Australian Abroad, Keen Capoeirista, Museum Mogul, Budding Blogger, Thirsty Traveller – currently Itapuã, Salvador, Brazil
A few weeks ago due to an unexpected 3 hour train delay in Manchester I had the opportunity to make my first visit to Manchester Museum, a museum I had a great deal about.
As I walked in my eye was caught by a Roman Altar dedicated to Fortuna, a particular favourite of mine as the goddess of good fortune, but who, according to the Roman saying, ‘favours the bold’.
I was surprised as I read the label to discover that the altar was online to Manchester from the Ashmolean, one of our own museums in Oxford.
As I moved through the antiquities section there were several highlights for me including their extensive collection of Shabti figures…
a beautiful Egyptian funerary tablet…
and three Roman coins – I’ve always been a numismatophile – all of which I studies at university from the Flavian period showing a general crowned by victory, a Iudia Capta type symbolising both Rome’s defeat of the Judean uprising and the victory of the Flavians in the civil war, and one featuring a detailed triumphal arch.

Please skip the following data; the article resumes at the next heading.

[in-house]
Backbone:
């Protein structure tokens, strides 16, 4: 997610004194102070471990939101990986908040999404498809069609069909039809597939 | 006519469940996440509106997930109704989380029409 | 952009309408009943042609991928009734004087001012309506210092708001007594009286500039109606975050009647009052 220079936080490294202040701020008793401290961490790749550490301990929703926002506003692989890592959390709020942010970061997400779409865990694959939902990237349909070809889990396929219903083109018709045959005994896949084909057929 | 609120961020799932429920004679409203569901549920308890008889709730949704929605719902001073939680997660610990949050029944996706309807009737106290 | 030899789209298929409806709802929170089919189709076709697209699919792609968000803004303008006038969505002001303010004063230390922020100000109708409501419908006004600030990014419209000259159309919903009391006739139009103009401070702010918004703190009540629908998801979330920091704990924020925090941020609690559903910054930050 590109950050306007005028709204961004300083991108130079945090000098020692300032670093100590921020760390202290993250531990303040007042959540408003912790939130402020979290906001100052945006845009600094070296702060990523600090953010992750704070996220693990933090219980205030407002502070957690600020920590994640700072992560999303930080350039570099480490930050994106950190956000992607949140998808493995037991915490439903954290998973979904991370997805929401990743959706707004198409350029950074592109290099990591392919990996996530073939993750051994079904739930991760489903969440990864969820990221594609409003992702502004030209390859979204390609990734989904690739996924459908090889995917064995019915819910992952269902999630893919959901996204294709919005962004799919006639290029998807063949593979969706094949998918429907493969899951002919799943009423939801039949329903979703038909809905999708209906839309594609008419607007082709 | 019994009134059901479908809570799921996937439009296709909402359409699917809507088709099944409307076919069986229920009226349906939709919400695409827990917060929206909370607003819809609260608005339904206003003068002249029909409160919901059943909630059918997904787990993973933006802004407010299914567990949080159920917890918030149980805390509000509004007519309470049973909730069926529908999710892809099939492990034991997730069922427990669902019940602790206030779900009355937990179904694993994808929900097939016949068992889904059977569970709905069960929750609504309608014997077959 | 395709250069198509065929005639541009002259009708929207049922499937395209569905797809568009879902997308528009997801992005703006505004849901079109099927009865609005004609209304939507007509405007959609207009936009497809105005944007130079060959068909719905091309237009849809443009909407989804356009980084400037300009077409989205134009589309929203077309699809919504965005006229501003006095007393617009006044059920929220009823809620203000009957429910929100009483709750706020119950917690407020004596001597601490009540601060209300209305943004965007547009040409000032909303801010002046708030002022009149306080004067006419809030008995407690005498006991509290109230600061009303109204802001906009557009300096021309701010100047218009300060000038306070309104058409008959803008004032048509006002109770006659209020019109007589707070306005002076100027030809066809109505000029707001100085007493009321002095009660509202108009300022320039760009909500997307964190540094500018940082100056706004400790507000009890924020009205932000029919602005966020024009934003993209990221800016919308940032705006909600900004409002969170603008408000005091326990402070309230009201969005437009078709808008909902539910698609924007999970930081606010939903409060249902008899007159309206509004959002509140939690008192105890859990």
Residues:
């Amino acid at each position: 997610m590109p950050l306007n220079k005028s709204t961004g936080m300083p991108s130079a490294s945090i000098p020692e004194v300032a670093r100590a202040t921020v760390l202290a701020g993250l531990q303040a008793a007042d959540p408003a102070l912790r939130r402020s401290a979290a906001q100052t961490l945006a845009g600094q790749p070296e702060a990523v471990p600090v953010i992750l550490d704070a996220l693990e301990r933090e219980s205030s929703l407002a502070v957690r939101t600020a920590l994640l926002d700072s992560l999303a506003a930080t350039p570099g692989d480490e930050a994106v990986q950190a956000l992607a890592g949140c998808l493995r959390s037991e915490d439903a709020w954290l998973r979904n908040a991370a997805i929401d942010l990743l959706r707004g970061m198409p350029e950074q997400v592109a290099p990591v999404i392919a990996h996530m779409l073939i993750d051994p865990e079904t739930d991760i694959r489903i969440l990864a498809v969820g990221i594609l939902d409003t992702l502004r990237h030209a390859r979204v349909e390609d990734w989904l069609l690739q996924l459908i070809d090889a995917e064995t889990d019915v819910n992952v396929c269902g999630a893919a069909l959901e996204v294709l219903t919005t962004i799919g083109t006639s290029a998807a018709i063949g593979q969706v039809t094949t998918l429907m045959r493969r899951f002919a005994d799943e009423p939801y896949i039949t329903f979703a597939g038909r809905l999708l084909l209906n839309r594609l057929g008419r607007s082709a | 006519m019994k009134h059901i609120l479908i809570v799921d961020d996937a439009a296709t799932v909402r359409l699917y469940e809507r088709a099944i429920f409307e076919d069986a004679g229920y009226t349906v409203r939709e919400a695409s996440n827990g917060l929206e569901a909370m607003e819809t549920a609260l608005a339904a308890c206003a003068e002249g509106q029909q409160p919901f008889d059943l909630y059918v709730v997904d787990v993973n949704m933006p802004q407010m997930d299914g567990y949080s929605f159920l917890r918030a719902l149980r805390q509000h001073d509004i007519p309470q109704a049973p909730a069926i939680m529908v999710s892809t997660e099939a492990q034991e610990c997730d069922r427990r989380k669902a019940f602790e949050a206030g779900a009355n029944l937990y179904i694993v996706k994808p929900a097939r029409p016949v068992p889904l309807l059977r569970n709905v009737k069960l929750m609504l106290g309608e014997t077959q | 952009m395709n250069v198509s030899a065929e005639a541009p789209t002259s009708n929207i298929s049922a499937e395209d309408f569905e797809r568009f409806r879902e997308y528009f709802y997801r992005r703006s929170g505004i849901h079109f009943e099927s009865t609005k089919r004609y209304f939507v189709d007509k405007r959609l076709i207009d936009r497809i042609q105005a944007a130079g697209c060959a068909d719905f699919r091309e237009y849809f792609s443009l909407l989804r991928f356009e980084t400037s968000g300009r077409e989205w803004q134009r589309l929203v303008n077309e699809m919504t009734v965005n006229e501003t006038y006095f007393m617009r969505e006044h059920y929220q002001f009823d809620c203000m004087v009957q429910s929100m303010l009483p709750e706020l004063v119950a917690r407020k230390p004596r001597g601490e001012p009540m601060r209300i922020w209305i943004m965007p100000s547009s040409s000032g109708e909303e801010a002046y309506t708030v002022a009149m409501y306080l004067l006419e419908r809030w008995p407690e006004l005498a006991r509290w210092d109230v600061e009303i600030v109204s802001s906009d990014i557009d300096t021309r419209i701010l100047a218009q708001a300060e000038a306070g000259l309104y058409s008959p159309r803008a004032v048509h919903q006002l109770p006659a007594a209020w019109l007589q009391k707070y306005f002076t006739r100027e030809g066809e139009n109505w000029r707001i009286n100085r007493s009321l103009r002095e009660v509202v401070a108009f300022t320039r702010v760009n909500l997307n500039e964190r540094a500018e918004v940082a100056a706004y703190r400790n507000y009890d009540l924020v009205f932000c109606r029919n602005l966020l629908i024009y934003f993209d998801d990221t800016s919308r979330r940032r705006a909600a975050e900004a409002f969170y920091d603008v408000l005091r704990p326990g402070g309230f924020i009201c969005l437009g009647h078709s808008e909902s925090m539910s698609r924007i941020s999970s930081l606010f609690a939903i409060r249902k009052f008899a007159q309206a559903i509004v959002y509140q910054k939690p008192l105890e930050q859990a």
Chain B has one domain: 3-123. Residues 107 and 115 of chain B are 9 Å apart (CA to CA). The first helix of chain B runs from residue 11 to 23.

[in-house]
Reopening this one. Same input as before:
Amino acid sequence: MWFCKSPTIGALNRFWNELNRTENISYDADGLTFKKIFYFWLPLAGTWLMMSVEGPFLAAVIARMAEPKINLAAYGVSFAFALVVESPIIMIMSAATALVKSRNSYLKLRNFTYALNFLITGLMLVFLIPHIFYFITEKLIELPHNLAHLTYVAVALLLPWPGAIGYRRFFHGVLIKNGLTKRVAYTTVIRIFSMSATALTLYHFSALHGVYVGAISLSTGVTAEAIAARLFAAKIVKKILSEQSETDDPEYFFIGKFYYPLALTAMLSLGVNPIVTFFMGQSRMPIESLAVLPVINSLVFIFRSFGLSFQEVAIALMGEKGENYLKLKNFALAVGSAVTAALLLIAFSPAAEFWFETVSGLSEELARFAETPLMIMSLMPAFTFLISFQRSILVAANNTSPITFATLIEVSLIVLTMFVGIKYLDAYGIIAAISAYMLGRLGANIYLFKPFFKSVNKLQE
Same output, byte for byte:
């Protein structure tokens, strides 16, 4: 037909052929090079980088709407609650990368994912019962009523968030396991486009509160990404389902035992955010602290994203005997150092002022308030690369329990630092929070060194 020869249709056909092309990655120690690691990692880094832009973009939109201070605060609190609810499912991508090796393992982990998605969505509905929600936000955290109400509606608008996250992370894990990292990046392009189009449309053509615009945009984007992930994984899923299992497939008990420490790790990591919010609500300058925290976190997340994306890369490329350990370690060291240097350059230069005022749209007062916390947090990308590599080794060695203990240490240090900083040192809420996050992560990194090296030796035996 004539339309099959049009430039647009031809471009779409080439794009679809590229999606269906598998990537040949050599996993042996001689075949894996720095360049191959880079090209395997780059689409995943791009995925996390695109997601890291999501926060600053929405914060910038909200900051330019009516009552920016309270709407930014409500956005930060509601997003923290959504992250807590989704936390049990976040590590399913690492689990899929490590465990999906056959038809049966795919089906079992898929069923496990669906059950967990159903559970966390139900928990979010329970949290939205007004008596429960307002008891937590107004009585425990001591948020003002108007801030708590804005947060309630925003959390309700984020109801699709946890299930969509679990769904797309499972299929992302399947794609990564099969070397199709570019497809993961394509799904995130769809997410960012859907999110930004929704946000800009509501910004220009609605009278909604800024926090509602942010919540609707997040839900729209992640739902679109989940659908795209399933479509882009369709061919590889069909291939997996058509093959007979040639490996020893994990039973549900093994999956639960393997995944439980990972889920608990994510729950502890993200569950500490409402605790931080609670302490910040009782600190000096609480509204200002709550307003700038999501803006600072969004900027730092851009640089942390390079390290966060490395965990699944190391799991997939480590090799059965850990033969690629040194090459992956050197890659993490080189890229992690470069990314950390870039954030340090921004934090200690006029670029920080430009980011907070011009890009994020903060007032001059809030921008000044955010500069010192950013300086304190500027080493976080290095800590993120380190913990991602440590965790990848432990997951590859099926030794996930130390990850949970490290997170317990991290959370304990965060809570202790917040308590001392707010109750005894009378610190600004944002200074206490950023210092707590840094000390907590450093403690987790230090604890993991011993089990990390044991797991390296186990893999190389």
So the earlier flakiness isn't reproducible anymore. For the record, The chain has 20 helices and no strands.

From antiquities I moved into the natural history section that makes up the majority of the museum. I was struck by the displays, which were extremely well lit to give the appropriate air of mystery.
In addition to the beautiful displays of specimens…
but the interactives for kids were always surrounded, and I had to time it perfectly to get a shot of this 3D simulator without also photographing someone’s child!
Now that I work in museums, I must say that I am much more drawn to information and displays about the museums themselves than I ever had been in the past. I though that Manchester had an interesting a quirky display about the museum…
and a great feedback card system which people seemed to actually use!
They also had a great feedback from, short and to the point, which I actually took the time to complete.
Overall I thoroughly enjoyed my trip to Manchester Museum, both for their great collections, and some interesting ideas for presenting museum collections and engaging audiences.